Outdoor fiber optic cable is most suitable for outdoor use. It is durable, can withstand wind and sun, has thick outer packaging, and has mechanical and environmental characteristics such as pressure resistance, corrosion resistance, and tensile resistance.
Outdoor fiber optic cable types
Depending on the application, outdoor optical cables include overhead optical cables, direct buried optical cables, and duct optical cables.
- Aerial Fiber Optic Cables: Aerial fiber optic cables are the solution for installations that require height placement. This special case means that the fiber optic cable has a special resistance to permanent tension, which is caused by the weight of the fiber optic cable, and continuous oscillations due to strong winds and ice loads. Some of these cables are also known as self-supporting cables because they are usually made with heavier jackets and stronger metal strength members.
- Direct Burial Fiber Optic Cable: In the absence of conduit infrastructure, fiber optic cable can be buried directly underground in a trench or using a vibrating plow.
- Duct Fiber Optic Cables: Ducts (or conduits) provide a highly protected environment for fiber optic cables. They are typically buried and the fiber optic cable is then blown, jetted, pulled or pushed into the conduit.
Outdoor fiber optic cable is divided into loose tube fiber optic cable, ribbon fiber optic cable, micro fiber optic cable and drop fiber optic cable according to the structure of fiber optic cable.
- Loose Tube Outdoor Fiber Optic Cable: Loose tube outdoor fiber optic cables typically consist of an array of multiple optical fibers placed inside a small plastic tube. These fibers surround a central cable and are jacketed around it. This configuration allows it to contain many fibers in one splice, so the final fiber count cable tends to be quite large.
Loose tube outdoor fiber optic cables typically consist of an array of multiple optical fibers placed inside a small plastic tube. These fibers surround a central cable and are jacketed around it. This configuration allows it to contain many fibers in one splice, so the final fiber count cable tends to be quite large. Loose tubing fiber optic cable provides stable performance over a wide temperature range, small size, high fiber count, and compatibility with any carrier-grade fiber. Loose tubing fiber optic cable is made of loose tubing filled with gel or absorbent powder to prevent water damage to the fiber. This fiber optic cable consists of several fibers inside a small plastic tube that is sequentially wrapped around a central reinforcing member and sheathed.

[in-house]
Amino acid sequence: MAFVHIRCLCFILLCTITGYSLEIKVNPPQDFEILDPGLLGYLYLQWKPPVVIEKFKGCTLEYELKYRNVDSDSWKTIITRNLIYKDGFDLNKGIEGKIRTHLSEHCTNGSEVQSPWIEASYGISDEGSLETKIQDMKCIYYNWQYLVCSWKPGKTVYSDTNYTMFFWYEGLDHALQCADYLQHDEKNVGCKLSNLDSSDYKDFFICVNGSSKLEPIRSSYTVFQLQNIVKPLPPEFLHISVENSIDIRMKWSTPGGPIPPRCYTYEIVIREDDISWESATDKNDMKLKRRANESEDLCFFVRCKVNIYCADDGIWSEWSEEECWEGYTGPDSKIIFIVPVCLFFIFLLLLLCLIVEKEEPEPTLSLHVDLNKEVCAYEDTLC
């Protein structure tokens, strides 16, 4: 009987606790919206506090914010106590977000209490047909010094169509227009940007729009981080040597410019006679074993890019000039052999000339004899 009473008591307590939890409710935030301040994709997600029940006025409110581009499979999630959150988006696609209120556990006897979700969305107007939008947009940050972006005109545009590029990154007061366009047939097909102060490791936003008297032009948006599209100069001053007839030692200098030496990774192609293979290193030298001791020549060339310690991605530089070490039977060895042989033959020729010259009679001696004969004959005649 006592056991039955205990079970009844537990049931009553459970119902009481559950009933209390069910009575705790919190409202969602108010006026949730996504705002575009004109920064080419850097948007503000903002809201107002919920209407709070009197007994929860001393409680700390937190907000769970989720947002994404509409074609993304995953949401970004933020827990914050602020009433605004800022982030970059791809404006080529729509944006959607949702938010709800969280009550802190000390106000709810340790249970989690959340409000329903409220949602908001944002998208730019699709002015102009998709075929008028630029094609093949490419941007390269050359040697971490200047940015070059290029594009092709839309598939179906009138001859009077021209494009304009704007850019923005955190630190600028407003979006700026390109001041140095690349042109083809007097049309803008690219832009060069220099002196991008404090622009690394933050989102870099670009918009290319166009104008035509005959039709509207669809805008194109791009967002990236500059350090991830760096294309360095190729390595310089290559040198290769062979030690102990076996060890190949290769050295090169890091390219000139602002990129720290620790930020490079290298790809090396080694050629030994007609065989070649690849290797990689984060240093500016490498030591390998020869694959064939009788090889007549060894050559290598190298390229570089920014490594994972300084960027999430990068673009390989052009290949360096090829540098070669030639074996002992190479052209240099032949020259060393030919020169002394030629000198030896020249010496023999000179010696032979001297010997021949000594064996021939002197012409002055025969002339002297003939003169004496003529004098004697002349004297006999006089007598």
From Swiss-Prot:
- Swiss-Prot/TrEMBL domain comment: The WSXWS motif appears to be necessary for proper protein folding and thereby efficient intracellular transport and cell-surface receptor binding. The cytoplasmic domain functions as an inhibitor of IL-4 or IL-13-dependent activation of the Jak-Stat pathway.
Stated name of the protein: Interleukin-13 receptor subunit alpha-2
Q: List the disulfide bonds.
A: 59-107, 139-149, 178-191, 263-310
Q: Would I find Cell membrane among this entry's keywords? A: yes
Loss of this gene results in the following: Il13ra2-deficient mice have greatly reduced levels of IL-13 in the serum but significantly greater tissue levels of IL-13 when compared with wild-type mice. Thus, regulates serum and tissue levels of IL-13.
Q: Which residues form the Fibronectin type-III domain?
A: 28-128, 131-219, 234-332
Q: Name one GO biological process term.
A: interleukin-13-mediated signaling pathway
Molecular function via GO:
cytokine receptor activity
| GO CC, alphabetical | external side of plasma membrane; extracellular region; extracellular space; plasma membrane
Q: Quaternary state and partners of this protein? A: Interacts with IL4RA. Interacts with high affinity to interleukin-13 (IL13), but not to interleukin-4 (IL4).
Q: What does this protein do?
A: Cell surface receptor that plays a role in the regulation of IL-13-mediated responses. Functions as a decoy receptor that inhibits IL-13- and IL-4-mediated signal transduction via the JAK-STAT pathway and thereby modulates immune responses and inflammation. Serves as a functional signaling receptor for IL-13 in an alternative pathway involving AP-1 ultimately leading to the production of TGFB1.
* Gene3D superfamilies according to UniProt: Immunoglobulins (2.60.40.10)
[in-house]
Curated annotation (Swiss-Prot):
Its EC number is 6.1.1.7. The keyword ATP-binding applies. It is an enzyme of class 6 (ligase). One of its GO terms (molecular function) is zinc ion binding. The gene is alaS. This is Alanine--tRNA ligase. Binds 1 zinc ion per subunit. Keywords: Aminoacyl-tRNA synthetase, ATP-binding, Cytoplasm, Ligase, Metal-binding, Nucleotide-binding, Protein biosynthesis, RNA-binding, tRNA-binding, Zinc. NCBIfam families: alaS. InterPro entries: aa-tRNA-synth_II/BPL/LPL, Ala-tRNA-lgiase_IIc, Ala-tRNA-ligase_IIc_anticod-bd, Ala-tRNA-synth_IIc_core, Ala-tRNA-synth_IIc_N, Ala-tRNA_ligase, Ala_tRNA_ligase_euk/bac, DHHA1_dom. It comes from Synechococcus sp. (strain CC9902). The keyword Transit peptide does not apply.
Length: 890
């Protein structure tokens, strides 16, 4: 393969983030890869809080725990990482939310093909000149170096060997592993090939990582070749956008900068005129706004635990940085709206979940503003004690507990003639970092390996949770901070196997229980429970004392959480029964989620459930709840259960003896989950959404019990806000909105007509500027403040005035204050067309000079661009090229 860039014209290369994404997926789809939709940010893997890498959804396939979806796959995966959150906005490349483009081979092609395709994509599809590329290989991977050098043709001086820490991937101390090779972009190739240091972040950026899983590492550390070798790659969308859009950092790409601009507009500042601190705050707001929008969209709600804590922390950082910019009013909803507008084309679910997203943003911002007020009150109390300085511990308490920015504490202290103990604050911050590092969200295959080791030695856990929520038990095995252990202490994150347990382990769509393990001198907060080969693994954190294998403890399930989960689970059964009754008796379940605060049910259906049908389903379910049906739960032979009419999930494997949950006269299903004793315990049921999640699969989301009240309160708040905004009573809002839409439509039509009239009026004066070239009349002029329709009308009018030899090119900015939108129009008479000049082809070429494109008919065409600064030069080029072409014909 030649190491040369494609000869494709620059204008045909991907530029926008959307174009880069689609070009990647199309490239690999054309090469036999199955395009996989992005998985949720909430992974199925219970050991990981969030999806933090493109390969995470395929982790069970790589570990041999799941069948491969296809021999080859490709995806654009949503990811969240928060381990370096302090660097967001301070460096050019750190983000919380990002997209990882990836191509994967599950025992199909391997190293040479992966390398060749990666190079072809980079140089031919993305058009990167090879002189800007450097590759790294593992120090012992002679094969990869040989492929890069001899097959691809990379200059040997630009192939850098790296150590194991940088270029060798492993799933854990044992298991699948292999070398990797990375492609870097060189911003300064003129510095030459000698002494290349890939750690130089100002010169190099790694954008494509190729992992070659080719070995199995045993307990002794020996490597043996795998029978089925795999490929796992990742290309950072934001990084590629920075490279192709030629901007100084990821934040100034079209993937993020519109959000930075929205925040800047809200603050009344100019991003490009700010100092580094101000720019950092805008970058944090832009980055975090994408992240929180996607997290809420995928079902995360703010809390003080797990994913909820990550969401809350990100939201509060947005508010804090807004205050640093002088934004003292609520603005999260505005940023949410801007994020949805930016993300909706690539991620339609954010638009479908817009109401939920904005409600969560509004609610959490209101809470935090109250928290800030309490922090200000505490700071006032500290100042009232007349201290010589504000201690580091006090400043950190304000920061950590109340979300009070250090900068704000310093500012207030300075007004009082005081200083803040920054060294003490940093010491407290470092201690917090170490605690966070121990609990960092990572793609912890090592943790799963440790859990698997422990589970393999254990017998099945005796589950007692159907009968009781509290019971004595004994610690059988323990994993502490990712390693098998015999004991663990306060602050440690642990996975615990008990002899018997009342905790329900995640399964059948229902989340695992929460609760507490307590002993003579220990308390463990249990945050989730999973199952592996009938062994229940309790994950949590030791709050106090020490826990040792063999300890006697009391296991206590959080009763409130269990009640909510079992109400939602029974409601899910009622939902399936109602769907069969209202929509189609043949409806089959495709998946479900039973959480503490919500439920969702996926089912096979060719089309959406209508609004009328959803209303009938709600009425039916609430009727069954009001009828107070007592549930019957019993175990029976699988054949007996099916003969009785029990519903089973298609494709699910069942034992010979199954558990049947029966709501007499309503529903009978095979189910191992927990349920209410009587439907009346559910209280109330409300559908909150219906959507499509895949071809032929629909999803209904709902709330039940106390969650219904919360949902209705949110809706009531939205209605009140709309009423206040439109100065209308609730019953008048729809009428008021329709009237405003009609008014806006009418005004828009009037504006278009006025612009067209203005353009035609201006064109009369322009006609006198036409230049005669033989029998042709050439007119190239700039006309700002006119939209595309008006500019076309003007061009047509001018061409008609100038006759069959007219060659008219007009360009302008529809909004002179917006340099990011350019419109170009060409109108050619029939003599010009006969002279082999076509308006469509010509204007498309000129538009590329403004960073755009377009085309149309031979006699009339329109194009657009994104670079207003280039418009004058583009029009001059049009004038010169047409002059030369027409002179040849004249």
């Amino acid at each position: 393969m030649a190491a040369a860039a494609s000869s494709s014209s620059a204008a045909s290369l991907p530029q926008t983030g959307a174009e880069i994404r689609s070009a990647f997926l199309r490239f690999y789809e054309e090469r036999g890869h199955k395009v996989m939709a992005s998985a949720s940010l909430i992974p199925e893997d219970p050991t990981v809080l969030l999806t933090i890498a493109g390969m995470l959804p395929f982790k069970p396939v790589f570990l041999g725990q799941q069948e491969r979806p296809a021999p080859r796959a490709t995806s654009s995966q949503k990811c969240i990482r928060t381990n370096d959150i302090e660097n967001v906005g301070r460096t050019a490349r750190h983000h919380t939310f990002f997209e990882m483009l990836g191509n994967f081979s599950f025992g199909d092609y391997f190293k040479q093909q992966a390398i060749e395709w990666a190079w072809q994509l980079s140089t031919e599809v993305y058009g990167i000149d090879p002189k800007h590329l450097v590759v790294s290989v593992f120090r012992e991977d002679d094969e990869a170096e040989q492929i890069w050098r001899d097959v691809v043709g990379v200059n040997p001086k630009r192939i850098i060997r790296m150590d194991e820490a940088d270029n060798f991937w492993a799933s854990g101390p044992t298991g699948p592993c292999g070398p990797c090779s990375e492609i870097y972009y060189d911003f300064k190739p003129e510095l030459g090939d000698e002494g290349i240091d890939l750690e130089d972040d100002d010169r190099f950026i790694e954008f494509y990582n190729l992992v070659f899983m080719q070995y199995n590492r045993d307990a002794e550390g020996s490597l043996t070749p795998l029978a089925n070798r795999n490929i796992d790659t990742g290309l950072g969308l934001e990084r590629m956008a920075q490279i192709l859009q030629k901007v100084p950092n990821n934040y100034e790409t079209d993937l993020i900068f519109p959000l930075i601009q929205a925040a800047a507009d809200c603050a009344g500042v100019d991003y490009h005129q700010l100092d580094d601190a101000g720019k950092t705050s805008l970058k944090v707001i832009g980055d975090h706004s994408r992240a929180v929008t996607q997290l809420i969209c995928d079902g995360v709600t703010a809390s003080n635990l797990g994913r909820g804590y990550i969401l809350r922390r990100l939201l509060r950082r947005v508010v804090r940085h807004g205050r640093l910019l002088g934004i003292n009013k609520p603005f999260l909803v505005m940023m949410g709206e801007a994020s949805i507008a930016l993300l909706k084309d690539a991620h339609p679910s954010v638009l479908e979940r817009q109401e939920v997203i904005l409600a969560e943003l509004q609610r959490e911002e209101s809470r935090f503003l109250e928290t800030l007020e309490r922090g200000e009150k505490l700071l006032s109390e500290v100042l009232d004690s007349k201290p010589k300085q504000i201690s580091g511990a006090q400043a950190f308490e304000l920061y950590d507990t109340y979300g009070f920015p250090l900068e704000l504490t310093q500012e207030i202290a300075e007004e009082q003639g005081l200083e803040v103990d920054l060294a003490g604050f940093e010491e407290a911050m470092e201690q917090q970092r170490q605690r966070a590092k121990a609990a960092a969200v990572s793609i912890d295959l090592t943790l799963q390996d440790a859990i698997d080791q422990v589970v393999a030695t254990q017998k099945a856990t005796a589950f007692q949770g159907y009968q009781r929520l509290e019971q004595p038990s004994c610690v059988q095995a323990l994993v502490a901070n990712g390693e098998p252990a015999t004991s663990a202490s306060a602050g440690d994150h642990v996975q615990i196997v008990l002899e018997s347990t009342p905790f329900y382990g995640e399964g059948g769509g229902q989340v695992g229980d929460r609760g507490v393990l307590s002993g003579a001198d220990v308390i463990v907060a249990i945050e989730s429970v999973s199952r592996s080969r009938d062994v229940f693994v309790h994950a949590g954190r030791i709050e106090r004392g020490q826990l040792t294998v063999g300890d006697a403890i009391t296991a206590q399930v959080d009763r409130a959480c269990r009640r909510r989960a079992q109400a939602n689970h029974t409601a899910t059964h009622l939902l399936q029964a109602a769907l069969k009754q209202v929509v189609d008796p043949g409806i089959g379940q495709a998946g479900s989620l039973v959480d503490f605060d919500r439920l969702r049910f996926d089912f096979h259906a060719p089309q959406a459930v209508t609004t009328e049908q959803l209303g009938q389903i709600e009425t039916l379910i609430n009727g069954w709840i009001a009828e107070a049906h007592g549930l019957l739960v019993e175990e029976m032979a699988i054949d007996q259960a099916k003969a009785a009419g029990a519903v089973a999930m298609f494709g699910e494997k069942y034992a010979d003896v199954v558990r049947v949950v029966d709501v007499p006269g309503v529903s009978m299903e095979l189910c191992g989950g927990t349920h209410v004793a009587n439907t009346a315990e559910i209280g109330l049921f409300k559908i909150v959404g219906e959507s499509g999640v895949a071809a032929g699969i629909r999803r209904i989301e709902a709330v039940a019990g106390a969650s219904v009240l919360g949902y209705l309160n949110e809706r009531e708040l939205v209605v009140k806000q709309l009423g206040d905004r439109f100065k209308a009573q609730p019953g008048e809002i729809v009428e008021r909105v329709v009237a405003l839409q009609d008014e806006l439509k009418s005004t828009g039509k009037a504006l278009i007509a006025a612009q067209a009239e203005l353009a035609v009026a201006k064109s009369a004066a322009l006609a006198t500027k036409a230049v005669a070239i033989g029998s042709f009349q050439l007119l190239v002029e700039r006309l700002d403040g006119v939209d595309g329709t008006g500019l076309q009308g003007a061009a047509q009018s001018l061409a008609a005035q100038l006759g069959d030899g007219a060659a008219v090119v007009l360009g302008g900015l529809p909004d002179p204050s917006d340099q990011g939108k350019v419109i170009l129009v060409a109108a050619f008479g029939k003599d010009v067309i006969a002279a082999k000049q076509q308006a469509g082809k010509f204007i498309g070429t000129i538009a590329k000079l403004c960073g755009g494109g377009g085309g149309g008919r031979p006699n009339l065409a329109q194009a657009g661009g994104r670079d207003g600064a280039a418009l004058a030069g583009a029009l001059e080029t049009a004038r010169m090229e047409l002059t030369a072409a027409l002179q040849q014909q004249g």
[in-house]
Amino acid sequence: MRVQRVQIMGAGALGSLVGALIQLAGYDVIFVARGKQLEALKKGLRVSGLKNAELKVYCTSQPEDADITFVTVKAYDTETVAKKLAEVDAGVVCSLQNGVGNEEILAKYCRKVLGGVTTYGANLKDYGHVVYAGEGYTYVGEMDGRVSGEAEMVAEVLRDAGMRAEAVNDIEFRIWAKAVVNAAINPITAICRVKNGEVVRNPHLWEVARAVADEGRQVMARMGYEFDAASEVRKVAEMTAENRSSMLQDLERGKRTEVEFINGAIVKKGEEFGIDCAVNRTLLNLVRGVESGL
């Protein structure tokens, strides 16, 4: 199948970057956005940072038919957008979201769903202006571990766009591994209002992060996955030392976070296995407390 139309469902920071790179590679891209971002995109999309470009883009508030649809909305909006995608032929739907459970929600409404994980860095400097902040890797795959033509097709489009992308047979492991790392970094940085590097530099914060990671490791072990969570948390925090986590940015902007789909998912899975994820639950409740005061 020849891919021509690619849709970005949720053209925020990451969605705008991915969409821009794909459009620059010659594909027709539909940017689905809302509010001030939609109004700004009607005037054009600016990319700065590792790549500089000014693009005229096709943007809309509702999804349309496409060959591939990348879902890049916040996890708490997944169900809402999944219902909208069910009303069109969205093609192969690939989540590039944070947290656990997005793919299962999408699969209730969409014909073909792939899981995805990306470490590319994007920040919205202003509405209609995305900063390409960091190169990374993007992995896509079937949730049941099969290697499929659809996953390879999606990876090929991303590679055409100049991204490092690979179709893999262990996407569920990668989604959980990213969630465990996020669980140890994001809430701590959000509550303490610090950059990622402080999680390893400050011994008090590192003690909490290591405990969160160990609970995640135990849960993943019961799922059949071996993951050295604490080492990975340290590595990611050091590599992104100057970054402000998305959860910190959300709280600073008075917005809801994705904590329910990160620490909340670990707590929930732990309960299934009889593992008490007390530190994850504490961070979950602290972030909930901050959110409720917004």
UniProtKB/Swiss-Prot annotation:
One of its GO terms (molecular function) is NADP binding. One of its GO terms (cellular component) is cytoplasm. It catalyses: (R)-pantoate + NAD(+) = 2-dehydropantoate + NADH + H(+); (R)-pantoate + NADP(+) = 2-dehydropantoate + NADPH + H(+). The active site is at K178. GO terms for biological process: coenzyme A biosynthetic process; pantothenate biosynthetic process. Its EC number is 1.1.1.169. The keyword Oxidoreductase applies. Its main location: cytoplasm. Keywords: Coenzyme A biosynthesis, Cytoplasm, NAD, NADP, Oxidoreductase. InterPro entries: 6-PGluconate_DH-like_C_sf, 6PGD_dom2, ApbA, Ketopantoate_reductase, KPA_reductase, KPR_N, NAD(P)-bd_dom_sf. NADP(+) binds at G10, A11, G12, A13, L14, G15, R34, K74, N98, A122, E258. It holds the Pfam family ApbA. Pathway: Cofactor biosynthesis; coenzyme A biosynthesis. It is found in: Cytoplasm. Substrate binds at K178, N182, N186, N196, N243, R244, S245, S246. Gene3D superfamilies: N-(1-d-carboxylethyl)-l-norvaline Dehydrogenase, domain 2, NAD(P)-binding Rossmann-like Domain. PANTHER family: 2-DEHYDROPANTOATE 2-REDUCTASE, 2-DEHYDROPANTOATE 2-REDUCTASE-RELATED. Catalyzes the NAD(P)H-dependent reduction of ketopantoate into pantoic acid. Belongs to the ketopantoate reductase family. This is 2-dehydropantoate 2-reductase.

- Ribbon Fiber Optic Cable: Ribbon fiber optic cable offers a higher fiber count and fiber density than any other fiber optic cable construction designed for outside plant (OSP), and is four times higher than the highest fiber count loose tube fiber optic cable. It also enables mass fusion splicing, where each 12-fiber ribbon can be spliced in one simple process. This facilitates quick installation and network restoration after a fiber optic cable cut.
Ribbon cables are often among the most densely populated in telecommunications because the fibers inside are arranged in rows. Plus, they stack on top of each other. Their most common application is power plants, so they tend to be filled with gel to keep water out.
- Armored Fiber Optic Cable: armored fiber optic cable is an outdoor fiber optic cable with protective armor wrapped around the core of the fiber optic cable. The armor is primarily used to protect the fiber optic cable from animal bites, moisture erosion or other damage. Armored fiber optic cable is designed to withstand crushing, pressure and rodent problems and to provide high flexibility and durability when used in harsh environments or in limited spaces. Armored outdoor fiber optic cables are often used in areas prone to animal plagues, especially rodents, due to the metal armor usually placed between two jackets. These cables can withstand a lot of stress, so they are also the first choice when installing in rock or other similarly challenging soils.
- Micro Duct Fiber Optic Cable: Micro ducts are miniaturized plastic conduits that subdivide the internal duct space into smaller compartments into which micro fiber optic cables can be installed by blowing, jetting or pushing.
- Drop Fiber Optic Cable: Drop fiber optic cable is a fiber optic cable that runs from a distribution point or fiber optic cable to a subscriber/user.
- Underwater Fiber Optic Cable: Its casing material is hydrolysis resistant and strong. The cable is filled with fiber optic gel to provide critical protection for the fiber.
Outdoor fiber optic cables are designed to be rugged and protect the fiber for safe operation in complex outdoor environments. If you need to get some outdoor fiber optic cables, you can contact us and send us specific requests for installation requirements. We can assist with which type of outdoor fiber optic cable meets your needs. We design and create custom solutions for custom projects and can ship very quickly.